"If you come to a fork in the road, take it!"
This is a follow-up to last week’s piece, “Pumping Iron at the Mind Gym.” In that, we talked about taking a concerted effort to get better at the fundamentals of knowledge work. Here, we explore how to improve faster once we’ve identified the skills we want to improve on. Enjoy, and as always let me know what you think via email or in the comments below.
If you come to a fork in the road, take it! — Yogi Berra
Wouldn't it be nice to get up to speed on a new project faster? To develop a skill critical to your new job faster?
Of course it would! But when we arrive at key junctures in our skill development process, which way do we go? How can we learn faster?
We all use paths of logic or mental shortcuts to arrive at our answers to problems. But when we're new in an area, we often have some faulty assumptions about how things work.
It's like stumbling onto a 5k race's finish line after taking a wrong turn and running an extra mile. I end up at the same finish line as everyone else, but not because I knew what I was doing. Plus, I'm way more tired.
But when asking someone else a question in a new domain, I often default to result based questions (yes or no question like is it a good idea to workout?), without exploring the path of logic behind it (e.g. why is working out good for you? How do different exercises impact your body?).
Until I explore the logic behind their conclusions, I won't be able to develop consistently good conclusions myself.
And that consistency is the key. I need a repeatable process (even with variance in outcome) if I want to derive solutions for myself.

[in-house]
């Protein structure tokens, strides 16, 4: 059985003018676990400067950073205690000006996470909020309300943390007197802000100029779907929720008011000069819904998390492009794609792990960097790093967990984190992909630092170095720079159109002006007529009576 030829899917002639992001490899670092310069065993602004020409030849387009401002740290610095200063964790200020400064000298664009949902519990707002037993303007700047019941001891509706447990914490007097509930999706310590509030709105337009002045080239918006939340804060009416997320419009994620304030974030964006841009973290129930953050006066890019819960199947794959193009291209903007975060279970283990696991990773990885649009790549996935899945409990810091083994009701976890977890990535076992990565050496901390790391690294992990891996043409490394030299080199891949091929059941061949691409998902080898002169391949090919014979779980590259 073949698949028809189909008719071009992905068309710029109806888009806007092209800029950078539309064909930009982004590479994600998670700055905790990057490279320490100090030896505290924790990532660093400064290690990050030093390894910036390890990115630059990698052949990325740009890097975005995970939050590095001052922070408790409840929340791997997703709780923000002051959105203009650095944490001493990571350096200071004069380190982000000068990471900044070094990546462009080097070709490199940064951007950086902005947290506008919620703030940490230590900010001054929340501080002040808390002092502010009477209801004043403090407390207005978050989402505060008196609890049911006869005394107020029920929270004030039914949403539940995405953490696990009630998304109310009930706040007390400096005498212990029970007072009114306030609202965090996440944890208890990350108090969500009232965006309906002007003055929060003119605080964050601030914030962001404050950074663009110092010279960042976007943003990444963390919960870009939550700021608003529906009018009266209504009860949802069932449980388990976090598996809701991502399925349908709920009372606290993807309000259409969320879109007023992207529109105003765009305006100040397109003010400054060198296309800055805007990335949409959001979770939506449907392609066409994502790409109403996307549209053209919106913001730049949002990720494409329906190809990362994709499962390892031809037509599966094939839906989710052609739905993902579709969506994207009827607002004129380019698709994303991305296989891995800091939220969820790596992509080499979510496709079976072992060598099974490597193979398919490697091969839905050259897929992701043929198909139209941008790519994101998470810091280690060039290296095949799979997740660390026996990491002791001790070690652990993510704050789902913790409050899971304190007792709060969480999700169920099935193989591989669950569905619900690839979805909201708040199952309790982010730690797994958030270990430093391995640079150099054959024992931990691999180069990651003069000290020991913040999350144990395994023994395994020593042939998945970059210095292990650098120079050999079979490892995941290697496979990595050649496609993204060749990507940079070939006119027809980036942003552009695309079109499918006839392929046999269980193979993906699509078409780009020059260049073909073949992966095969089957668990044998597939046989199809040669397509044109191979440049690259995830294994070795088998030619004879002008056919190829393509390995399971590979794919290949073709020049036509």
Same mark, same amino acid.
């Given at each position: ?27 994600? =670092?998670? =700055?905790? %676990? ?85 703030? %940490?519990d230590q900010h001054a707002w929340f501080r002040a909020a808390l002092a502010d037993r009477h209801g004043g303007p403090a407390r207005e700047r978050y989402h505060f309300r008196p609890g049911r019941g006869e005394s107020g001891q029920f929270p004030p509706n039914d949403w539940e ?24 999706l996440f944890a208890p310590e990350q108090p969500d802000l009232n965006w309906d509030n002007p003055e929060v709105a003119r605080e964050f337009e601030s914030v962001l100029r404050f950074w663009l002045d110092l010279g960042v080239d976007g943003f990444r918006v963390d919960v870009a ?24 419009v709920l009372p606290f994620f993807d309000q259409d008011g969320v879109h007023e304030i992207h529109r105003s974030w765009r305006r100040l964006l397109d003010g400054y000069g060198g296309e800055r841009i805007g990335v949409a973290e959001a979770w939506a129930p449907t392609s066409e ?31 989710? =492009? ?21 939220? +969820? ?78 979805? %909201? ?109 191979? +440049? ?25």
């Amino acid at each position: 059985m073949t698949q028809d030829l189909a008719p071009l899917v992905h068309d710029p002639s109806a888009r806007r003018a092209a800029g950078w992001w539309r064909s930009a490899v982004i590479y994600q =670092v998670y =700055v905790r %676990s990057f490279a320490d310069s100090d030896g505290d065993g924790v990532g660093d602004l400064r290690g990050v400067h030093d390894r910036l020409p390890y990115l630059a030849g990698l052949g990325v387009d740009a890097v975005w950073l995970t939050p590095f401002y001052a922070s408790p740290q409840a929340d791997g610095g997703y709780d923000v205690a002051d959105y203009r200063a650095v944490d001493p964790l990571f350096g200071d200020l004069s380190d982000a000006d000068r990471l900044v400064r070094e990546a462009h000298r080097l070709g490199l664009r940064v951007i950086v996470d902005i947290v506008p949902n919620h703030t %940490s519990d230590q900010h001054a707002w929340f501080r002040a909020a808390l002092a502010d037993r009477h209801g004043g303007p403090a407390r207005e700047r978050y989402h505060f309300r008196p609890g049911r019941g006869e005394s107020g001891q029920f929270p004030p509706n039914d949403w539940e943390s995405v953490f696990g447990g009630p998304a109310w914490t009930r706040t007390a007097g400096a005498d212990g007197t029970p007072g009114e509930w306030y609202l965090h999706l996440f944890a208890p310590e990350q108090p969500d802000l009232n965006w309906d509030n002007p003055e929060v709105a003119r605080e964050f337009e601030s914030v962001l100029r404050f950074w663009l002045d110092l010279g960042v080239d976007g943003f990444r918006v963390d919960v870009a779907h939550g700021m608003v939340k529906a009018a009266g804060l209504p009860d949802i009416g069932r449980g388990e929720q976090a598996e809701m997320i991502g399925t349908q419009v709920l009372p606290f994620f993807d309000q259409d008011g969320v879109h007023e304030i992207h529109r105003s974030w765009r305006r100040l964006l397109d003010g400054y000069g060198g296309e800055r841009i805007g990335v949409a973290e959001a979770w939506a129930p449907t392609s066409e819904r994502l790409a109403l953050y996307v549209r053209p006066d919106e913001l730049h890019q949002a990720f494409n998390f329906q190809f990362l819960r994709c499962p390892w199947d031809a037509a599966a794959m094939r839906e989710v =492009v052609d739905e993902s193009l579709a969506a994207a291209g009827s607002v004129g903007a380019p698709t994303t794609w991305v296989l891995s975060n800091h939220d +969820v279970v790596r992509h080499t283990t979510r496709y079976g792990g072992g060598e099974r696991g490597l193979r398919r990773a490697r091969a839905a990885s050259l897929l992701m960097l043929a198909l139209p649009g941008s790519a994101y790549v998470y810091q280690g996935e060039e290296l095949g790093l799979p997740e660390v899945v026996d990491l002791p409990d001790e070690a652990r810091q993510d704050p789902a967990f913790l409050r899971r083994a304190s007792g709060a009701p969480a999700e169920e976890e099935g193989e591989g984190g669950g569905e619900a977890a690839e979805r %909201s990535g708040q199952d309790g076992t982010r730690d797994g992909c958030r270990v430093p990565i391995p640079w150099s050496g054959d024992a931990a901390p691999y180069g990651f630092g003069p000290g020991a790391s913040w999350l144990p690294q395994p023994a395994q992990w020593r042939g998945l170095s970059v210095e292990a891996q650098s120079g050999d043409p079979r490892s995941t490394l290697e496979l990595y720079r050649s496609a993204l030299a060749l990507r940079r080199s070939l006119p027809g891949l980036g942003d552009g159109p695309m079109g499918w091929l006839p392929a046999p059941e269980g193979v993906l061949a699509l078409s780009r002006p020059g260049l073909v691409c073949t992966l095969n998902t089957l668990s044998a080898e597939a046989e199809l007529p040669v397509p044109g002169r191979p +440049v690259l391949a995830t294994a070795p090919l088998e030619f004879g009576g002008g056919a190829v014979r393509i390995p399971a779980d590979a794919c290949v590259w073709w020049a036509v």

Nobel Prize-winning physicist Richard Feynman talks about the common over-reliance on facts and under reliance on first principles in his autobiography: "Surely You're Joking, Mr. Feynman:"
All the guys in the class were holding up their French curve up at different angles, holding their pencil up to it at the lowest point and laying it along, and discovering that, sure enough, the tangent is horizontal. They were all excited by this ‘discovery’ - even though they had already gone through a certain amount of calculus and had already ‘learned’ that the derivative (tangent) of the minimum (lowest point) of any curve is zero (horizontal). They didn't put two and two together. They didn't even know they 'knew'.
He goes on to say one of my favorite lines of his:
I don't know what's the matter with people: they don't learn by understanding; they learn by some other way - by rote, or something. Their knowledge is so fragile!
Their knowledge is so fragile. At the slightest test, it cracks. Why?
Because they didn't explore the paths of logic that led to those answers. There was no path validation.
When you know what the building blocks are, you can play with them to create novel, yet valid, outputs. When you don't, it's hard to validate the outputs.
The sooner you can validate the paths the expert takes to get to their conclusions, the sooner you can graft those paths of logic to your own mental model of the world and create your own, novel conclusions.
It's like paying for a car and never learning to fix it yourself—you can do that, but it will likely cost you more over the life of your car than if you understand how everything under the hood works.
So how do you do this? You ask for process feedback.
Take your best guess at the path of reasoning to get a conclusion (your process), then validate it with someone who should understand that path (an expert).
Revealing your process can be scary. No-one wants to think they're not logical. Which is why when we start something new, it can be so hard to ask someone for feedback on the steps we took to get our conclusions.
So maybe what learning takes isn't just cleverness.
Maybe what learning takes is courage.
Courage to look dumb. Courage to reveal our potentially—sometimes likely—flawed line of thinking to someone we may not know well. Courage to be wrong. Without it, path validation is too scary.
But when you care more about getting better than looking dumb, you'll have the courage to practice path validation.
And the reward for learning faster? You get to solve bigger problems faster.
What's not to love about that?
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